August 2018 Reads
July 2018 Reads
June 2018 ReadsJanuary 2018 Reads
September's book pile is quite a bit smaller than August's tower. I'd like to say that I was taking a break from reading to something even more healthy and productive—writing, say, or saving the world—but really the cause was TV. I had to catch up on "The Handmaid's Tale" and then I had to watch "The Unbreakable Kimmy Schmidt" as an antidote. The twins and I haven't even gotten through another whole volume of Amelia Peabody, thanks to the start of school and homework and lots of other things going on.
|I had to do my photo shoot at the library with my phone, because I'd already returned Rachel.
My one NF book for the month was a doozy: Journey into Summer by Edwin Way Teale, about his 19,000 mile cross-country road trip, tracking the phenomena of summer in 1960. Full disclosure, I started this one back when summer began, but I kept moving other books ahead of it in the queue. But when September came, I determined to finish reading it before summer ended (I think I may have gone over by a day or two). This book is really great. Teale and his wife start in Maine and make their way through the upper midwest, down into Kansas and around Colorado, over a period of three months. Along the way, they come upon some fascinating things, like a mayfly hatch in Lake Erie that turns roads slick with insects. I found myself wanting to recreate Teale's journey to see what's left of the things he saw along the way 60 years later (my cynical guess is that nearly everything is gone or diminished, except for bald eagles, which bird's absence Teale repeatedly notes).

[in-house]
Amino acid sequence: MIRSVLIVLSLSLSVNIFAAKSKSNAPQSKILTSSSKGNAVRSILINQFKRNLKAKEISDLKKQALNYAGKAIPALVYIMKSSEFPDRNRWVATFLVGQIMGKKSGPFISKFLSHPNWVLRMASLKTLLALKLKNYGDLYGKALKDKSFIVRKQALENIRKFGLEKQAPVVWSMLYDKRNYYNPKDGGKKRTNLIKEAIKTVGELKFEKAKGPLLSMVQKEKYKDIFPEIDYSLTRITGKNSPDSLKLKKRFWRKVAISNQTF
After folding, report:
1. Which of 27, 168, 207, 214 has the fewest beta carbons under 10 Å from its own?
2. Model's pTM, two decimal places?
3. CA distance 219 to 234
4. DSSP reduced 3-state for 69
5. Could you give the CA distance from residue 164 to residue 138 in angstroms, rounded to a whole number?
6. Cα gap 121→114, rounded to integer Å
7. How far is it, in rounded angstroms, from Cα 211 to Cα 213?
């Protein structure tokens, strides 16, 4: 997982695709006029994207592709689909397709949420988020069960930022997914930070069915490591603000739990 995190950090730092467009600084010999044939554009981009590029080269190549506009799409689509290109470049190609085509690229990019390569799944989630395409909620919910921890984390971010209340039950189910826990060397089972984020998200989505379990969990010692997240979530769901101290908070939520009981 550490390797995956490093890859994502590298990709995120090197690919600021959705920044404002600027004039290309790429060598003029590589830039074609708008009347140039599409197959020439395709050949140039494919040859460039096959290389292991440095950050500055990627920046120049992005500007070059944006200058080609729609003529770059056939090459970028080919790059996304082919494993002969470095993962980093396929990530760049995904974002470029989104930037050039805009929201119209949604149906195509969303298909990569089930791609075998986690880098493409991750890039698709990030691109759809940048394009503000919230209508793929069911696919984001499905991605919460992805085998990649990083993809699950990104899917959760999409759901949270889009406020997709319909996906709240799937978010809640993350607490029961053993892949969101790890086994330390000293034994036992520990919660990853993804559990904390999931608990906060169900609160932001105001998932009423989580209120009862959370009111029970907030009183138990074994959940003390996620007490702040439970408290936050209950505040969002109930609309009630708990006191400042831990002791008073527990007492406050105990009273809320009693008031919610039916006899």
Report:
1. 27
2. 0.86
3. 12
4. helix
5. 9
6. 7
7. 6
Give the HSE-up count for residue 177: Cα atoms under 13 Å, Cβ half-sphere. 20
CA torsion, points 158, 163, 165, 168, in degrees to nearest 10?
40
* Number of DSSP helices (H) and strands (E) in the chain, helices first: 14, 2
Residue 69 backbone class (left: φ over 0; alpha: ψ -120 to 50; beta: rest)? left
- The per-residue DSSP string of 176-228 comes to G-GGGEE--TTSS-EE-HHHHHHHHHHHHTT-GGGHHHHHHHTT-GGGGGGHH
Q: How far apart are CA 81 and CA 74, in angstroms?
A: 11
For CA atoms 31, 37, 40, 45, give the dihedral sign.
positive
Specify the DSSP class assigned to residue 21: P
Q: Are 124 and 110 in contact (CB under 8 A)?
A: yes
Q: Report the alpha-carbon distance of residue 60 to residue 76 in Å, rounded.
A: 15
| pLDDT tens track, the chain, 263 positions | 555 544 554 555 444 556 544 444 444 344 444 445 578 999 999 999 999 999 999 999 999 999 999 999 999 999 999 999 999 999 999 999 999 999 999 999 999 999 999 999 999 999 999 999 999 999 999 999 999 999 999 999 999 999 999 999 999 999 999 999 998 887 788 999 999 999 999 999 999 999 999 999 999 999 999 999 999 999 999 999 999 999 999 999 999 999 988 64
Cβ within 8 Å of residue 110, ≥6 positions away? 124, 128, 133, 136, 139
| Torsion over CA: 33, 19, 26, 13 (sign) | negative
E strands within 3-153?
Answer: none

Two books on the list this month: First off My Cousin Rachel, by Daphne Du Maurier. After I finished Rebecca, a friend said I needed to read this one next. Once again Du Maurier messes with the reader's head and you're left at the end not knowing for sure who the real villian is. That's all I'm going to say, though. The other novel I read was Night Fall by Joan Aiken, which is the first novel of suspense I read, way back when I was a teenager. For some reason, I still have my copy and just for fun decided to read it again. It was still a fun read, though not what you might call "literature of enduring value," and it reassured me that plots don't have to be super complex to be engaging (and all the funny 1960s lingo is pretty entertaining, too).